This week in Christian history: Pope Leo X born, South Carolina mandates church attendance

John Oldcastle burned at the stake – Dec. 14, 1417

A 16th century image of Sir John Oldcastle (c.1378-1417) being burned at the stake.
A 16th century image of Sir John Oldcastle (c.1378-1417) being burned at the stake. | Wikimedia Commons

This week marks the anniversary of when Sir John Oldcastle, an English supporter of theological views that would later be championed during the Protestant Reformation, was executed for heresy.

Oldcastle belonged to a group known as the Lollards, who were supporters of famed English Bible translator John Wycliffe and championed church reform a century before the beginning of the Protestant Reformation.

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Oldcastle had been condemned to die as a heretic back in 1413, however, he was able to escape execution and lived in hiding for four years before authorities caught up with him.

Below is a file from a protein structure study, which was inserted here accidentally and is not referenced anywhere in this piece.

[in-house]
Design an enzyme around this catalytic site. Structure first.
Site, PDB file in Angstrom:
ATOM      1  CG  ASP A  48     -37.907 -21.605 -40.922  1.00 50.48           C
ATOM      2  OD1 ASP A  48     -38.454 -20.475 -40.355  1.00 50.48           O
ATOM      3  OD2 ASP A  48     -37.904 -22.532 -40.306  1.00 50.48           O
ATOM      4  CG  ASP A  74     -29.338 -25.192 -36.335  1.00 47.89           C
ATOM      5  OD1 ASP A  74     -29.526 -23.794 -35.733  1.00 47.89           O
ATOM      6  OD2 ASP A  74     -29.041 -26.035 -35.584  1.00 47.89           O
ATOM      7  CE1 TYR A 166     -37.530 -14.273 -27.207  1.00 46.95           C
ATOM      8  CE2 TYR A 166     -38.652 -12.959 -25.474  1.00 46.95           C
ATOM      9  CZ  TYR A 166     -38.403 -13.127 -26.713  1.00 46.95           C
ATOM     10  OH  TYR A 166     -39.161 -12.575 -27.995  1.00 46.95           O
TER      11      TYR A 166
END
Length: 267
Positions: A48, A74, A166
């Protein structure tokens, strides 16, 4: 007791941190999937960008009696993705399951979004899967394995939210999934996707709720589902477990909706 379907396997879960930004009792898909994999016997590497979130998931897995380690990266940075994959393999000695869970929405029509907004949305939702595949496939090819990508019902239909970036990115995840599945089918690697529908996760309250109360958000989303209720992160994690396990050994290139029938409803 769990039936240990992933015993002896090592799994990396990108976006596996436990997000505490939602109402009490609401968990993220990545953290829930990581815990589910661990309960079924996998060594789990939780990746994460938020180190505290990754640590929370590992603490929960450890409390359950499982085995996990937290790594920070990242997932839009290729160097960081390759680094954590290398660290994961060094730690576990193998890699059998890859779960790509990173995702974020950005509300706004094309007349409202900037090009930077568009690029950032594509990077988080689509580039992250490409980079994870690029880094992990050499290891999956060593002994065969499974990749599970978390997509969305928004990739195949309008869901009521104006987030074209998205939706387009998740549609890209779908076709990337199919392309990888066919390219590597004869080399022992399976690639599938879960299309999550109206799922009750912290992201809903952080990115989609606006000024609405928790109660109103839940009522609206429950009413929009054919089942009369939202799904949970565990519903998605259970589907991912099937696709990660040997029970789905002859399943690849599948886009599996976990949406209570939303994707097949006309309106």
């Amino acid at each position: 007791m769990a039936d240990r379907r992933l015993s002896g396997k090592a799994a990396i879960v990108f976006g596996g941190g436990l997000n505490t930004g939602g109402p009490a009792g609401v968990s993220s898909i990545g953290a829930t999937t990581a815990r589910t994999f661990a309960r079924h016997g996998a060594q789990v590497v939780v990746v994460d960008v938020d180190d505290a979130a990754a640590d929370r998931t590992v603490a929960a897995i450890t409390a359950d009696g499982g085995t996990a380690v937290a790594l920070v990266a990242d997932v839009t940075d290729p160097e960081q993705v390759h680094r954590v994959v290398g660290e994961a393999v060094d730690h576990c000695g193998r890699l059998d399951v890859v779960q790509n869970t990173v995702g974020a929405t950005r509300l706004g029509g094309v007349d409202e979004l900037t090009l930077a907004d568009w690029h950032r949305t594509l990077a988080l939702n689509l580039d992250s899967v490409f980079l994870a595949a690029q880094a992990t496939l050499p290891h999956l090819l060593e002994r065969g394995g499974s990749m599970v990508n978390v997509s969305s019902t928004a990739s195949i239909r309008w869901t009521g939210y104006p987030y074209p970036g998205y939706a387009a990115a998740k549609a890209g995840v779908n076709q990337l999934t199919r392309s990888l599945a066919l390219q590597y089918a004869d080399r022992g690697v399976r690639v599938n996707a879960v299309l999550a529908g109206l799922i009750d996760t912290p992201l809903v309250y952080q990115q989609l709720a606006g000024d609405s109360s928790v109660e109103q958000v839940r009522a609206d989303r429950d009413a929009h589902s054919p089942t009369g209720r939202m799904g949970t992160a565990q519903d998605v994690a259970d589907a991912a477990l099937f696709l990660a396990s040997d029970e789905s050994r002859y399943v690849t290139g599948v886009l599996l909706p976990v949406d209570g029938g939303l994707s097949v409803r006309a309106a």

“At last someone betrayed his whereabouts. Oldcastle was captured, hanged briefly and then suspended in iron chains over a fire and roasted to death,” wrote Dan Graves of “The English Reformation would have to wait until a future century, but ardent believers such as Oldcastle helped prepare England for it.”

It is believed by many that Oldcastle might have served as the inspiration for the Shakespearian character Falstaff.

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